Rep. Clay Higgins, R-La., co-sponsored legislation to place limits on the IRS' use of artificial intelligence to conduct taxpayer audits.

Rep. Clay Higgins, R-La., co-sponsored legislation to place limits on the IRS' use of artificial intelligence to conduct taxpayer audits. Anna Moneymaker / Getty Images

GOP bill aims to limit IRS’ use of AI

The legislation — cosponsored by Reps. Clay Higgins, R-La., and Eric Burlison, R- Mo. — could look to put new restrictions on the tax agency’s deployment of AI in its revenue enforcement efforts and require staff to launch new investigations. 

A new House bill could seek to constrain the IRS’ use of artificial intelligence to assist in its enforcement efforts.  

The legislation, dubbed the No AI Audits Act (HR 7694) aims to amend the tax code to require that any investigation be initiated by IRS staff, while putting limits on the agency’s use of the technology. 

The bill introduced Friday and cosponsored by Reps. Clay Higgins, R-La., and Eric Burlison, R- Mo., could potentially upend efforts by the IRS to improve its compliance practices by deploying the emerging technology. 

“The weaponization of AI technology is an ominous threat to our constitutional freedoms,” said Higgins, in a statement Tuesday. “We, as a Congress who have been sworn to serve the people, must think seriously about the implications of the rapid deployment of AI technology. We must focus on the balance between the power of AI and the dangers it holds for freedom-loving Americans and our national security.”

Specifically, Higgins and Burlison’s proposal would prevent the IRS from conducting an audit based on AI-enabled analysis unless the IRS commissioner determines that the AI in question meets the National Institute of Standards and Technology’s Four Principles of Explainable Artificial Intelligence and that any taxpayer investigation or examination must be initiated by an IRS staff investigator. 

IRS Commissioner Danny Werfel detailed the agency’s plans last fall to utilize AI tools, including plans to audit 75 large partnerships, each with assets over $10 billion on average.

“These new tools are helping us see patterns and trends that we could not see before,” Werfel said in September. “As a result, we have higher confidence on where to look and find where large partnerships are shielding income… In other words, who are the large partnerships that are shielding income, and where will we find it?”

Use of the AI tools are part of a strategy to help the agency bolster its enforcement efforts through information technology modernization, combined with a planned hiring surge, with funding from the Inflation Reduction Act.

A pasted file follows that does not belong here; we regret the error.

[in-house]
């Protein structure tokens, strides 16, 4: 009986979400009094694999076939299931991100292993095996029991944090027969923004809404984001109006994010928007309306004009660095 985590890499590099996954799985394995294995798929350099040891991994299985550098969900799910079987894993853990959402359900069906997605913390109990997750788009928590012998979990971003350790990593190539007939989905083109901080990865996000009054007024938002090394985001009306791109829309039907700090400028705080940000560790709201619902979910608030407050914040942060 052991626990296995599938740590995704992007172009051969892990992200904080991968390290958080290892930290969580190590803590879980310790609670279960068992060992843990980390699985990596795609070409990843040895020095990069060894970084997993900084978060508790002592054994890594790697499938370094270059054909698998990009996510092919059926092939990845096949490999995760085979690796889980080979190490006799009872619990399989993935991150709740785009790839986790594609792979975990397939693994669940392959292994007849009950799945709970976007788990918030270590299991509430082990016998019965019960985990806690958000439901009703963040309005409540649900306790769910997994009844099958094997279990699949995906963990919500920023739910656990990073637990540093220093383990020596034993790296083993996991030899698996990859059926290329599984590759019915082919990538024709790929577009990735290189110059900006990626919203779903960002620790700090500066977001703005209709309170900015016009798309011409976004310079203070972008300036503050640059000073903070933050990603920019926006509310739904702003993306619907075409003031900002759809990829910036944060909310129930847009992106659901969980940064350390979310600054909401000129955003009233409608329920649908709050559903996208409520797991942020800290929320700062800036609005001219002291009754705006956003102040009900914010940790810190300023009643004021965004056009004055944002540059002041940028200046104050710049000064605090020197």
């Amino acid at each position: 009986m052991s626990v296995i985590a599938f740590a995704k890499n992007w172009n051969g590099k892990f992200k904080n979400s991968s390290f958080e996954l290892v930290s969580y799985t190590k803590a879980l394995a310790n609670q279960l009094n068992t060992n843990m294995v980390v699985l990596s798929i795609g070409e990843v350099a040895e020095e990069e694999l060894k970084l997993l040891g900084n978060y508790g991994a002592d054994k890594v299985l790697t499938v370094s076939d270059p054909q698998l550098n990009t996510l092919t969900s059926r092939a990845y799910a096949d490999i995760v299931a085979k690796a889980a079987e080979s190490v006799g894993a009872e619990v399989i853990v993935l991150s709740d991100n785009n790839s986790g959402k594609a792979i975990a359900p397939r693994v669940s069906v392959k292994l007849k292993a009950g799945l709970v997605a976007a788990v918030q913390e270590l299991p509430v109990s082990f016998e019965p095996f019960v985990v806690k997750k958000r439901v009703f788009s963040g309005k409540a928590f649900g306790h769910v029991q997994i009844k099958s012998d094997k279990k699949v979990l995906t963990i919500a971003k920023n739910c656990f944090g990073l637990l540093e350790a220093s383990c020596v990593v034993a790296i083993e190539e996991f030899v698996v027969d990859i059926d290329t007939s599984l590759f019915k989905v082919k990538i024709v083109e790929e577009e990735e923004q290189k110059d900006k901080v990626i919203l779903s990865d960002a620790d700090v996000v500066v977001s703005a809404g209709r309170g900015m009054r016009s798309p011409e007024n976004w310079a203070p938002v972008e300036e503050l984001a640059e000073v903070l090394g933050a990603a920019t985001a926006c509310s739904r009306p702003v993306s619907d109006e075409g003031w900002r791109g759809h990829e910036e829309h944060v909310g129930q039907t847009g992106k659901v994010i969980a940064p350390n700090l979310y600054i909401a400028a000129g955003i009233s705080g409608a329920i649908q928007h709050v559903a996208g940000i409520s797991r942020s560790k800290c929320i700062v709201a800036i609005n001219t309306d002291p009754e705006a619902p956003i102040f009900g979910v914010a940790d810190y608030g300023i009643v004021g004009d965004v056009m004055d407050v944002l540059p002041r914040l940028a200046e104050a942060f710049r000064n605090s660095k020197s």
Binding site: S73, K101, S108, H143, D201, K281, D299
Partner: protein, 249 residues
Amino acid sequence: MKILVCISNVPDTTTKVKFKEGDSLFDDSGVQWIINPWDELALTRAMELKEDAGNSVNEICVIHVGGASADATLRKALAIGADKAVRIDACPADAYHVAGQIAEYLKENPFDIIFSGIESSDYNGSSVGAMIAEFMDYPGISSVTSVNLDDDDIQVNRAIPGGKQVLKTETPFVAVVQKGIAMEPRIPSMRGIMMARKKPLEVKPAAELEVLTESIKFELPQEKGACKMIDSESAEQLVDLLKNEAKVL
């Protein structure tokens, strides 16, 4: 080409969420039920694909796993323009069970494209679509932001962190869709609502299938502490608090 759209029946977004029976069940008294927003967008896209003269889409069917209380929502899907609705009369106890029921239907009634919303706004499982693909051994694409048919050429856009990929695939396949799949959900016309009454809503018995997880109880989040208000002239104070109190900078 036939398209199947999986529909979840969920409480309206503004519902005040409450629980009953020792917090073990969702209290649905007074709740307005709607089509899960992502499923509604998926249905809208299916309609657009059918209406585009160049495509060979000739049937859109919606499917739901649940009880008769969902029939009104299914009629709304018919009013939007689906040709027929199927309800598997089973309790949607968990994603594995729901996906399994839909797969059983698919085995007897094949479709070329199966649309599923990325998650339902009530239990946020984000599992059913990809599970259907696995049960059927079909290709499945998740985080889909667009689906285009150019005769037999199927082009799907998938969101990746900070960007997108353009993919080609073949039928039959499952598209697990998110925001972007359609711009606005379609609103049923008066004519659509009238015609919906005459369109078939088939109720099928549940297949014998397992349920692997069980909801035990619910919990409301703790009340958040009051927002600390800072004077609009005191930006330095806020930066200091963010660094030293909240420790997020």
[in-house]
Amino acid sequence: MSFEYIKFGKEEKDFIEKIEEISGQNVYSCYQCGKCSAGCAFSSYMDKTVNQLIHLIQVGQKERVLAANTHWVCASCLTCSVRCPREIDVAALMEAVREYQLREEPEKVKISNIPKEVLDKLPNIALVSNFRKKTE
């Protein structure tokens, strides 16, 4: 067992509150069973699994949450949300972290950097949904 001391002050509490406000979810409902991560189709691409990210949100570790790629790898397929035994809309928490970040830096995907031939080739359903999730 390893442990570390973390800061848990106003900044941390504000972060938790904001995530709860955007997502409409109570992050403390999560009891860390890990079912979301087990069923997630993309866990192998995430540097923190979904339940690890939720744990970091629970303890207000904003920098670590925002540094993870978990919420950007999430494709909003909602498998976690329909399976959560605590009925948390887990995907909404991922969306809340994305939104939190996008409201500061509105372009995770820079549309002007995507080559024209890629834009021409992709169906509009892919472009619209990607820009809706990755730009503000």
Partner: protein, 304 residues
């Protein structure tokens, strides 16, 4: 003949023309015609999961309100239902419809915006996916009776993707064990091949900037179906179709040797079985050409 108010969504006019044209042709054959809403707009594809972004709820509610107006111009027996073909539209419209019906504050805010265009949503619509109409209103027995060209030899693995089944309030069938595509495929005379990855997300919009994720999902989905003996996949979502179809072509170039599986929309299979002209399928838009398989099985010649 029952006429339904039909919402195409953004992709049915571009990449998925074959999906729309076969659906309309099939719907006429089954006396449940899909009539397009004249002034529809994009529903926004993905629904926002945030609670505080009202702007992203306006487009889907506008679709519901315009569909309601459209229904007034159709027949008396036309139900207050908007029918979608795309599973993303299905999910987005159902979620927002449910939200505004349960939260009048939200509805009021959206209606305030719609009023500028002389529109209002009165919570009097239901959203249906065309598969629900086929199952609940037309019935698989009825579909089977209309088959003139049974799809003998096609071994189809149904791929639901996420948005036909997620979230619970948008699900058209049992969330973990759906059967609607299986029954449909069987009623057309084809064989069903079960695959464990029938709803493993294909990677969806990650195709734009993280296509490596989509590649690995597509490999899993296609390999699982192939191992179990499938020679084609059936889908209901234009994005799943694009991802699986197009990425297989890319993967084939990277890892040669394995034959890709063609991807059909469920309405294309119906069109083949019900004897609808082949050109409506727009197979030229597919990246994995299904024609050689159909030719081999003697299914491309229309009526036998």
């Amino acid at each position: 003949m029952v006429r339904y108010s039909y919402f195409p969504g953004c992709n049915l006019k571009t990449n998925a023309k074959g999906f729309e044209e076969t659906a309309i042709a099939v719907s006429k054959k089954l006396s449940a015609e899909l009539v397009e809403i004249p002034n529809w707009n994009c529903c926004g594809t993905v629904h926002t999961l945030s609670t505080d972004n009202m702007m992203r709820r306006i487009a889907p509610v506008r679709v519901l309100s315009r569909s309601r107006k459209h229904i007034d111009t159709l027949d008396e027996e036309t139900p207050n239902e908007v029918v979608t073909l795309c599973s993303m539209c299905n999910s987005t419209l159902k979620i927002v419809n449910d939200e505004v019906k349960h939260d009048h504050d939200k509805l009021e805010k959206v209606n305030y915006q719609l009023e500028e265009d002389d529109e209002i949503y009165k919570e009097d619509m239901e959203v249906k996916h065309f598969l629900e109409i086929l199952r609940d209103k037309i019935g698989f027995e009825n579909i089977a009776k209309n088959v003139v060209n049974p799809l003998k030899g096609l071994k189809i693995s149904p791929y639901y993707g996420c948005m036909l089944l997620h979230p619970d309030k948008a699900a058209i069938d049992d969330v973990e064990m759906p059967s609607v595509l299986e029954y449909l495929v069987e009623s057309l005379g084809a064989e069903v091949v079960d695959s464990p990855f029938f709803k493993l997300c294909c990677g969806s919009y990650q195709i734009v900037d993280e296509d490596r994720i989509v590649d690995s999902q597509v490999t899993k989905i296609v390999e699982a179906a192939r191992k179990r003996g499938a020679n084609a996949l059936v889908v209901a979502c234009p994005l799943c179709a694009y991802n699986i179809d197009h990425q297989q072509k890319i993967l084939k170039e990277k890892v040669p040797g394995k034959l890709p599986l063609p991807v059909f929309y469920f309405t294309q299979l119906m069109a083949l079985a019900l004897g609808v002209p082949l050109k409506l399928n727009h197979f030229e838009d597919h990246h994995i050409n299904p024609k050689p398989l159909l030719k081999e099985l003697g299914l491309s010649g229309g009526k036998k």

However, the IRS’ hiring efforts recently seemed to have been stymied, with just 34 new hires recorded in the first half of fiscal 2023, off the pace of the 3,833 revenue agents the agency had set as its goal.

According to a July 2023 Government Accountability Office report, the agency has deployed AI in areas like the IRS’ Large Partnership Compliance Model — one of two statistical models designed to analyze the data from the tax returns of large, complex partnerships, whose audit rates have been declining due to budget constraints.

The Large Partnership Compliance Model could be used to prioritize tax returns and to provide information to audit teams about potential noncompliance risks found within them, possibly replacing its current statistical model, GAO officials said.

“In April 2023, IRS used the new model for the first time to identify 150 large partnership returns from tax year 2021 for additional review by classifiers,” the report said. “A subset will be selected for potential audit, contingent upon hiring and training efforts related to IRA funding.”

The report went on to note that the AI model and the IRS’ current statistical model both needed improvement, including “using more representative data to uncover previously unidentified areas of noncompliance, testing assumptions used to design the models and using feedback and audit outcomes or other research to improve model performance.”

Higgins and Burlison’s bill, which has been referred to the House Ways and Means committee, also calls for the U.S. Comptroller General to conduct an audit of the IRS’ use of AI to execute its duties and functions and a cost-benefit analysis of its use, “including any adverse effects the use of the technology has on taxpayer rights.”